Lesson Plans

Technology & Learning, January 2000 | Go to article overview

Lesson Plans


Rich resources on the contributions of the peoples of Africa in Encarta Africana 2000 can be powerful centerpieces for lessons during Black History Month. The words, pictures, videos and virtual tours give in-depth information in 3,600 entries. The Library of Black America provides more than 400 original documents, many not easy to find elsewhere. Over 800 article Web links access online sources from the Library of Congress, the New York City Public Library, the Natural History Museum of Los Angeles County, and many universities. Here are 10 ways to use Encarta Africana 2000.

1 Read aloud part of a first-person narrative of slave life from the Library of Black America. Ask students to read additional narratives independently, and then write their own from a slave's viewpoint. They could describe being captured in Africa, escaping through the Underground Railroad, being separated from their parents, or enduring other hardships.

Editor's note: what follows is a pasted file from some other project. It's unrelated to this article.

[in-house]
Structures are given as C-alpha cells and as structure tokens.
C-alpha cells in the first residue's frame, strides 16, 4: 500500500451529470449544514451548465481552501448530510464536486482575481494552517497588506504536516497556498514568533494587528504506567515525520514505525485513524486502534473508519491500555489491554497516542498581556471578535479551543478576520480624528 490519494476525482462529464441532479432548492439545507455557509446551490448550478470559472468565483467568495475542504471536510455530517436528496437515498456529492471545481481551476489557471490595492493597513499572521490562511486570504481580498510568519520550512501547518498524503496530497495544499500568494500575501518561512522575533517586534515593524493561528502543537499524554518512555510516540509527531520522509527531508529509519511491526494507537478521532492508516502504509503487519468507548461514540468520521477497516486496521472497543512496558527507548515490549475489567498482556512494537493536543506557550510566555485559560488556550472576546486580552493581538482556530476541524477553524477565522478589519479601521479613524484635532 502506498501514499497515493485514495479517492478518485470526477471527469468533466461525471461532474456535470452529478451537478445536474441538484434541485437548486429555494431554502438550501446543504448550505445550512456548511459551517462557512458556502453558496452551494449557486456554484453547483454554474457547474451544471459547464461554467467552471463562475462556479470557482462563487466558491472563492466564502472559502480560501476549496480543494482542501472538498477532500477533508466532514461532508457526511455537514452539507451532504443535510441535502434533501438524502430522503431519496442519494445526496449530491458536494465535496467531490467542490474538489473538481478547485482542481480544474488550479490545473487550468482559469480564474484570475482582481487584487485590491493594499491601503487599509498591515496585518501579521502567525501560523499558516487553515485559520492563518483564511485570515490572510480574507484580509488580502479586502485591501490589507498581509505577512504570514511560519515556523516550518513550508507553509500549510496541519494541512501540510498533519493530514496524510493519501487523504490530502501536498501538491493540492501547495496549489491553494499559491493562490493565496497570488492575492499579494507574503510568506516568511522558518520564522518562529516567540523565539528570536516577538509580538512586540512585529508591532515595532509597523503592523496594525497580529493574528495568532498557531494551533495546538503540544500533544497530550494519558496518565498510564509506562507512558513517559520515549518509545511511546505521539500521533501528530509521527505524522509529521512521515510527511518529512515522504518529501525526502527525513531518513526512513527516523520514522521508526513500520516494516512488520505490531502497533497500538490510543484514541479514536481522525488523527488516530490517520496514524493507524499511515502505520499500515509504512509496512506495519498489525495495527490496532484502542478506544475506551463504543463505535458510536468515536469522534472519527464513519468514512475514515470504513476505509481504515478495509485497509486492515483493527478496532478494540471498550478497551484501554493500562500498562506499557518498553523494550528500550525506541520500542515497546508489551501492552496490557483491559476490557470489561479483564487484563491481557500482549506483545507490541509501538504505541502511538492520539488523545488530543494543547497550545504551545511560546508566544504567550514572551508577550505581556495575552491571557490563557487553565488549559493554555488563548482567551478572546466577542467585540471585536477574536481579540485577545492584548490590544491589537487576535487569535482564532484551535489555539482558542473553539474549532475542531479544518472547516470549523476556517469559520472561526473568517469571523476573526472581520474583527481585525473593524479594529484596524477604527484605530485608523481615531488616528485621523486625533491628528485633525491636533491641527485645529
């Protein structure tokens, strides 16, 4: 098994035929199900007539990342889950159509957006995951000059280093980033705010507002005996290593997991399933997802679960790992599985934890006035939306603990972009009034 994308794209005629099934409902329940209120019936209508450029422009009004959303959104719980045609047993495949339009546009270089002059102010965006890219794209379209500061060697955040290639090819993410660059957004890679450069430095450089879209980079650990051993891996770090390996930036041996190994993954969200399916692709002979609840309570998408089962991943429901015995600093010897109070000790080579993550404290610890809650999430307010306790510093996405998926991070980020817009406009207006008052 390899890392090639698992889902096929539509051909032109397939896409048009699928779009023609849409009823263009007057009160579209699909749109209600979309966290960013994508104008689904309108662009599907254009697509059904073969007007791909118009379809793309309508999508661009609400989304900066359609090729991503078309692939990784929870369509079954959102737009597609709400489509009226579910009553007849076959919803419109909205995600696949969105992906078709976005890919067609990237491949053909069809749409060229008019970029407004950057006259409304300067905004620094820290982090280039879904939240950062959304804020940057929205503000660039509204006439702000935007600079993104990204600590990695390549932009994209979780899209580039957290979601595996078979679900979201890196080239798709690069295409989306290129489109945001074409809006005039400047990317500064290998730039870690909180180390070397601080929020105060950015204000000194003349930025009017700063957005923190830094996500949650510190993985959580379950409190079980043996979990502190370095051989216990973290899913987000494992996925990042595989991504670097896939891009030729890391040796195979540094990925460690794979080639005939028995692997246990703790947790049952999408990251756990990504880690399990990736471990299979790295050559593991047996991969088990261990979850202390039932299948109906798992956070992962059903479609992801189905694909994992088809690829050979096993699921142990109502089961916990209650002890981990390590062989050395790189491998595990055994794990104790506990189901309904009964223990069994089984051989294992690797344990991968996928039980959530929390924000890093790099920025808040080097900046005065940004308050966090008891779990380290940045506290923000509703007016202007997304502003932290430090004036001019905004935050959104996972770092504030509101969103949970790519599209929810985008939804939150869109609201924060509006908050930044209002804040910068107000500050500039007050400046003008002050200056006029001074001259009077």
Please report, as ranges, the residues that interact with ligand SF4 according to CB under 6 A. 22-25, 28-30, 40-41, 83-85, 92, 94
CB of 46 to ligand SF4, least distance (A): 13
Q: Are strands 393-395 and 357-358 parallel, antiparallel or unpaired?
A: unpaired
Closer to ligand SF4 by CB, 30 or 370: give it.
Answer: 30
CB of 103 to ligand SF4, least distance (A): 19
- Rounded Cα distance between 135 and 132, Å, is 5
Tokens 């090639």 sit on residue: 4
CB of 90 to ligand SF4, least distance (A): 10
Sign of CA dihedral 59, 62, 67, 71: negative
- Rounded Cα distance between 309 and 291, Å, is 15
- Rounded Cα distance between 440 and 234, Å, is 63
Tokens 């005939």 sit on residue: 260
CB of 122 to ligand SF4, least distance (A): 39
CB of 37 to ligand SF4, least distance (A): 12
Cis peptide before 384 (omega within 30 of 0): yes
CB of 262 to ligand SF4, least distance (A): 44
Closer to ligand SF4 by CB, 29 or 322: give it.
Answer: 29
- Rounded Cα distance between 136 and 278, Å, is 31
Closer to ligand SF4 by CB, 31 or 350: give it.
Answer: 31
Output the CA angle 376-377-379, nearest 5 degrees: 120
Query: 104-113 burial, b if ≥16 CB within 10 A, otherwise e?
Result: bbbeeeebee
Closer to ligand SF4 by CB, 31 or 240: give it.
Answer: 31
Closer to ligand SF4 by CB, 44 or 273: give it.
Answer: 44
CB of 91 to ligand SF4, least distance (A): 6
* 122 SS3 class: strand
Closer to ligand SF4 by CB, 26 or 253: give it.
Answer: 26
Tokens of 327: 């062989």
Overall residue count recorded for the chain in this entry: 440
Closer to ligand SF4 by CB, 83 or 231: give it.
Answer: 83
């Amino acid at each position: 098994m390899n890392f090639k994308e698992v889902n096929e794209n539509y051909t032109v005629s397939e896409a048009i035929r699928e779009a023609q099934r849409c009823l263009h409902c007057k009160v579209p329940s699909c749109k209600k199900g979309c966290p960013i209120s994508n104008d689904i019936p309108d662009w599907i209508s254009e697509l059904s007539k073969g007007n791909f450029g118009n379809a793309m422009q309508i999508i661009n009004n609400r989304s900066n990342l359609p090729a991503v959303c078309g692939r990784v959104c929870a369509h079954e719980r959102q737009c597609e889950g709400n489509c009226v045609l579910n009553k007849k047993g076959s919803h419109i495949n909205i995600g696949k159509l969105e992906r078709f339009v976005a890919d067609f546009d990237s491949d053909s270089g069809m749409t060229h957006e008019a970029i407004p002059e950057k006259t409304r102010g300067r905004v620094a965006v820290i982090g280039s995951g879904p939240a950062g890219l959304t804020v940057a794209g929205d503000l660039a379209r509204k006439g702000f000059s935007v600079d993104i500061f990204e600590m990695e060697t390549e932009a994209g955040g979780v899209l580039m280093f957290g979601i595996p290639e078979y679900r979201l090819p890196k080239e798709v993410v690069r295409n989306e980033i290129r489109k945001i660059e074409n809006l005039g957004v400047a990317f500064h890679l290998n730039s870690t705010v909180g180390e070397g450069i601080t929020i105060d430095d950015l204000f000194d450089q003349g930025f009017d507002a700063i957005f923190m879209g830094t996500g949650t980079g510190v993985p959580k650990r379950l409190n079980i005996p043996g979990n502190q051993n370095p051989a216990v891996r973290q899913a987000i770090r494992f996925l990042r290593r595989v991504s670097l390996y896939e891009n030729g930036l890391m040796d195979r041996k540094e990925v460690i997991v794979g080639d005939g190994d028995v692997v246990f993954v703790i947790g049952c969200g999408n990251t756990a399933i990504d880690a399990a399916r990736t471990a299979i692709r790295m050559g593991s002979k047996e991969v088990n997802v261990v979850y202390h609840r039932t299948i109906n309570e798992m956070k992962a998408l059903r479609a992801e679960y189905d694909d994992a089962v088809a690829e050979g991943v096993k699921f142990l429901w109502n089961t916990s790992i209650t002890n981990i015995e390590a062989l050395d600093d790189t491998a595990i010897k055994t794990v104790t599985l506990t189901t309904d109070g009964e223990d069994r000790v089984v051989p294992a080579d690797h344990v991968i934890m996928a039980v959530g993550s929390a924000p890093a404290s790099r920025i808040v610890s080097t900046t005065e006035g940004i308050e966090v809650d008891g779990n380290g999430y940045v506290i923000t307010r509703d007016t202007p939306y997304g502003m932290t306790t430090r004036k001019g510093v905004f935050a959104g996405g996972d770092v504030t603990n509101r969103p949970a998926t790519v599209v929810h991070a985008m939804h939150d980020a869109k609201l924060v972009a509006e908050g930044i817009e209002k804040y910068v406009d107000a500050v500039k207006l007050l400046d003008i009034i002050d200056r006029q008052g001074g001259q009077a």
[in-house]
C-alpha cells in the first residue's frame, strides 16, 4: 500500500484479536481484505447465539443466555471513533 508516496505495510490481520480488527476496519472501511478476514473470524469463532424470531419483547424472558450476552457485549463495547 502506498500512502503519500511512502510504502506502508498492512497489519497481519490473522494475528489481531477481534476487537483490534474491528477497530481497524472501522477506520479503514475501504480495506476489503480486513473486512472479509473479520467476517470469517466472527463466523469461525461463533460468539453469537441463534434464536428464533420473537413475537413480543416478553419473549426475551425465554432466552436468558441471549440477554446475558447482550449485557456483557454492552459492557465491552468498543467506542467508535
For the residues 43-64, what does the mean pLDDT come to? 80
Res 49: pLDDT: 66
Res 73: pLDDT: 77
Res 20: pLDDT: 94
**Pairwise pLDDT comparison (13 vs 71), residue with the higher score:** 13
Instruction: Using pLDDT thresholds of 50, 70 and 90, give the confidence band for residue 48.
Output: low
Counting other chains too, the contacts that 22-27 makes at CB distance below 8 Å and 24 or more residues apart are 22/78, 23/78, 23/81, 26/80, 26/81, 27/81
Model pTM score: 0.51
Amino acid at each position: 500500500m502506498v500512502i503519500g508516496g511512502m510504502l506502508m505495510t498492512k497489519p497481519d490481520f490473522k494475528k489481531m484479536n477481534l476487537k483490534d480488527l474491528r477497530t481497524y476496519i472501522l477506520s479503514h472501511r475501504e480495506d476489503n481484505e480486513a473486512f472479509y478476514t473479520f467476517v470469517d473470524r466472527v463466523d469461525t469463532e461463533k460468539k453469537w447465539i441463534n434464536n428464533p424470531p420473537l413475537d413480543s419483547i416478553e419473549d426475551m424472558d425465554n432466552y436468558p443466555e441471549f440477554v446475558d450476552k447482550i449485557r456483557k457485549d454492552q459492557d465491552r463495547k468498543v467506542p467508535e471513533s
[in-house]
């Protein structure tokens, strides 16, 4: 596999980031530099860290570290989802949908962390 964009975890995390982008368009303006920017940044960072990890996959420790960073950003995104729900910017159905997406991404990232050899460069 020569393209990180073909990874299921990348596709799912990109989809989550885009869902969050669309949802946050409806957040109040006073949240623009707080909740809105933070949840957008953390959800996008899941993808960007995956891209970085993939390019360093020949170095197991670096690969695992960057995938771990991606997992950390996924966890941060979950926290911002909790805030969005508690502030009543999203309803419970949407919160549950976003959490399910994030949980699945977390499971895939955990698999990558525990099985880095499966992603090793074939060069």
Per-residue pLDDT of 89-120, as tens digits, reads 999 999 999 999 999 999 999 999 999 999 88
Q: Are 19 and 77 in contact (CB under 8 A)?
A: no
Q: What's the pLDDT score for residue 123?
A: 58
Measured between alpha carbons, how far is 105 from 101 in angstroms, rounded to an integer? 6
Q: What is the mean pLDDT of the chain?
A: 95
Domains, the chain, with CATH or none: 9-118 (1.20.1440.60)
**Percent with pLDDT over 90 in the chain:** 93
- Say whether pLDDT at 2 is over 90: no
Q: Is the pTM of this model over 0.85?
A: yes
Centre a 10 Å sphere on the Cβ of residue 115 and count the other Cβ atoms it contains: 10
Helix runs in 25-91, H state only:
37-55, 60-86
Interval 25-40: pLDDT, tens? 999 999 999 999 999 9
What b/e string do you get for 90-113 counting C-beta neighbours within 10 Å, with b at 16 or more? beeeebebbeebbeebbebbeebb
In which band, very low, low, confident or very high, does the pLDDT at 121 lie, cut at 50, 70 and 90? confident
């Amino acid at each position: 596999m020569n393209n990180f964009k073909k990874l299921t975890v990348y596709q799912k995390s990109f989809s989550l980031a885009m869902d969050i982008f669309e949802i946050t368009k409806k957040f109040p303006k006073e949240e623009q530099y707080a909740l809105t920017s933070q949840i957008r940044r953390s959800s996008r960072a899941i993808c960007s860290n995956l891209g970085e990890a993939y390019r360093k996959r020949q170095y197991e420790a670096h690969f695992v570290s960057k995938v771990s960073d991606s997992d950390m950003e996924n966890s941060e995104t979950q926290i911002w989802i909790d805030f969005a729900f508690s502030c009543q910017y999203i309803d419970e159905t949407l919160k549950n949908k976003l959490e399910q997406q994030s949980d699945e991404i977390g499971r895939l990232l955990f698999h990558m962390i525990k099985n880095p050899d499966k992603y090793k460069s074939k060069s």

2 What appeals to students more than music? Using the Music Timeline, play some of the sounds of the times from the late 19th century to the present. Students can hear different types of music and see short videos of various performers. Then ask them to brainstorm what music or musicians of the 1990s should be included.

3 Use the Civil Rights Chronology from 1950-68 to show how Martin Luther King, Jr., was involved in this movement and what Nobel Peace Prize-winning strategies he employed. Ask students which of his strategies are most needed in today's society. Go to "Topic Treks" and choose Events to read from the 81 articles about the Civil Rights Movement.

4 Did freed slaves serve in the U.S. Army in the Revolutionary War? In the Civil War? Listen to Gen. Colin Powell talk about African Americans in the U.S. military in "Africana on Camera." Students can follow up by reading about the Tuskegee Airmen in World War II and the 54th Massachusetts Volunteer Infantry Regiment in the Revolutionary War. An in-depth article, "Blacks in the American Military," contains three historic documents in its sidebar.

5 What is "race"? Listen to Whoopi Goldberg talk about the concept in "Africana on Camera." Then read the articles about Race in Latin America and Racial Stereotyping. How has race been considered in other times and places? How have black people and other groups been stereotyped?

6 To help students develop a sense of significance about African sites, show the videos in "Historic Sites in Africa "on a large screen monitor or computer projection system.

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